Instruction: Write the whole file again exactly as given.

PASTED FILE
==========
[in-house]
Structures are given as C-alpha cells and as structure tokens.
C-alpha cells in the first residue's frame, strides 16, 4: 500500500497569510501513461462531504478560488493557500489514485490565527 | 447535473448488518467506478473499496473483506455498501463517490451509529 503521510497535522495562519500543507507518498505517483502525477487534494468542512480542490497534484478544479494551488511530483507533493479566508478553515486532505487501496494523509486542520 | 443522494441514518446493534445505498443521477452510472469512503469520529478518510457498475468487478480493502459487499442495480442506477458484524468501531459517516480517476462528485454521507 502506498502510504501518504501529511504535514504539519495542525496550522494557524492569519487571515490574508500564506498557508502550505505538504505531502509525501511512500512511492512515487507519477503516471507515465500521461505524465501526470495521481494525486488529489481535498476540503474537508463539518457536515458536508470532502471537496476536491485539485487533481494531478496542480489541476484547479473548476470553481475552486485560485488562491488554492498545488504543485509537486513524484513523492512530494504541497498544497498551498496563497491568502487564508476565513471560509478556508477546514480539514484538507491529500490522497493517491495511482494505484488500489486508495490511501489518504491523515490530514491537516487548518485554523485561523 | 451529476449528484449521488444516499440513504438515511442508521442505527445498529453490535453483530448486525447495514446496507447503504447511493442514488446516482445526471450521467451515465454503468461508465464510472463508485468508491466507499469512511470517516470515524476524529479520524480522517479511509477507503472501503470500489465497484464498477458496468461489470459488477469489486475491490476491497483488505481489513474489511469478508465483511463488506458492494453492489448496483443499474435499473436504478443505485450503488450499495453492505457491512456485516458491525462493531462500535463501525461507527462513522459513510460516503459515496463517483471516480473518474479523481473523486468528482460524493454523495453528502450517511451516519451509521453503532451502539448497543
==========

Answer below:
[in-house]
Structures are given as C-alpha cells and as structure tokens.
C-alpha cells in the first residue's frame, strides 16, 4: 500500500497569510501513461462531504478560488493557500489514485490565527 | 447535473448488518467506478473499496473483506455498501463517490451509529 503521510497535522495562519500543507507518498505517483502525477487534494468542512480542490497534484478544479494551488511530483507533493479566508478553515486532505487501496494523509486542520 | 443522494441514518446493534445505498443521477452510472469512503469520529478518510457498475468487478480493502459487499442495480442506477458484524468501531459517516480517476462528485454521507 502506498502510504501518504501529511504535514504539519495542525496550522494557524492569519487571515490574508500564506498557508502550505505538504505531502509525501511512500512511492512515487507519477503516471507515465500521461505524465501526470495521481494525486488529489481535498476540503474537508463539518457536515458536508470532502471537496476536491485539485487533481494531478496542480489541476484547479473548476470553481475552486485560485488562491488554492498545488504543485509537486513524484513523492512530494504541497498544497498551498496563497491568502487564508476565513471560509478556508477546514480539514484538507491529500490522497493517491495511482494505484488500489486508495490511501489518504491523515490530514491537516487548518485554523485561523 | 451529476449528484449521488444516499440513504438515511442508521442505527445498529453490535453483530448486525447495514446496507447503504447511493442514488446516482445526471450521467451515465454503468461508465464510472463508485468508491466507499469512511470517516470515524476524529479520524480522517479511509477507503472501503470500489465497484464498477458496468461489470459488477469489486475491490476491497483488505481489513474489511469478508465483511463488506458492494453492489448496483443499474435499473436504478443505485450503488450499495453492505457491512456485516458491525462493531462500535463501525461507527462513522459513510460516503459515496463517483471516480473518474479523481473523486468528482460524493454523495453528502450517511451516519451509521453503532451502539448497543